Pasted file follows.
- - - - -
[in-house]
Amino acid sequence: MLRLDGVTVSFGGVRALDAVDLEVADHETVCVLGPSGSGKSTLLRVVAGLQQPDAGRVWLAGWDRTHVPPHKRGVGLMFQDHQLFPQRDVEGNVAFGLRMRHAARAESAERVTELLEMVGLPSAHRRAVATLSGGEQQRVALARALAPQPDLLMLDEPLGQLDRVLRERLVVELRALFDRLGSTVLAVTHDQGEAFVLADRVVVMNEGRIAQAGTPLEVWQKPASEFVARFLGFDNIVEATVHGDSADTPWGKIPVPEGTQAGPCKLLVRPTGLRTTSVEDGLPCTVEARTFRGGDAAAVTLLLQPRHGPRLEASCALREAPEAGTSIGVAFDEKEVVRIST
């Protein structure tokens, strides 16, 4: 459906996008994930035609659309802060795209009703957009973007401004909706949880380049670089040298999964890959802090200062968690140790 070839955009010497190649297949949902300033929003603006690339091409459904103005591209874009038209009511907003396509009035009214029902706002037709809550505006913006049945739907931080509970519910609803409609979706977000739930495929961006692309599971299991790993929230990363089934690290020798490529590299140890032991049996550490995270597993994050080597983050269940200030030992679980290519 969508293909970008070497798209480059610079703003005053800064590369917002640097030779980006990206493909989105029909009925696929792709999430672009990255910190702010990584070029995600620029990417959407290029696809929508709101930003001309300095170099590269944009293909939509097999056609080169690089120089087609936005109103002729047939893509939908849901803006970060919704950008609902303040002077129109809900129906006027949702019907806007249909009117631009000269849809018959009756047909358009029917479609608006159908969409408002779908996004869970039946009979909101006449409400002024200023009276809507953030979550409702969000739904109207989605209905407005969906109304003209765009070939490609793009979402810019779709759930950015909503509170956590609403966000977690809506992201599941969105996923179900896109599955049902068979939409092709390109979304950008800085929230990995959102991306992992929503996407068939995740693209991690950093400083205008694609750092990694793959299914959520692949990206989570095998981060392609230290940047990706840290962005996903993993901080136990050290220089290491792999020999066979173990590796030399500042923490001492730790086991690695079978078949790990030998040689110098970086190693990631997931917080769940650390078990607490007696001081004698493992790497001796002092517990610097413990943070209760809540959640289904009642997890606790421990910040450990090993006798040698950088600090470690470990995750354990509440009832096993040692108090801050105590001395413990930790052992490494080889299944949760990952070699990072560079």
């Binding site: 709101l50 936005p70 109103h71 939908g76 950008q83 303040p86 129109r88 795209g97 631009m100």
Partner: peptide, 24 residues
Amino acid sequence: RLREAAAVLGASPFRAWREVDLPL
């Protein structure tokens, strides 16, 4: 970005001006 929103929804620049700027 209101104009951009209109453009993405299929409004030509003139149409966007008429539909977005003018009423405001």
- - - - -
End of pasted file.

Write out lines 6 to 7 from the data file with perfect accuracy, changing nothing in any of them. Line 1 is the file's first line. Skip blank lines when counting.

Amino acid sequence: RLREAAAVLGASPFRAWREVDLPL
């Protein structure tokens, strides 16, 4: 970005001006 929103929804620049700027 209101104009951009209109453009993405299929409004030509003139149409966007008429539909977005003018009423405001």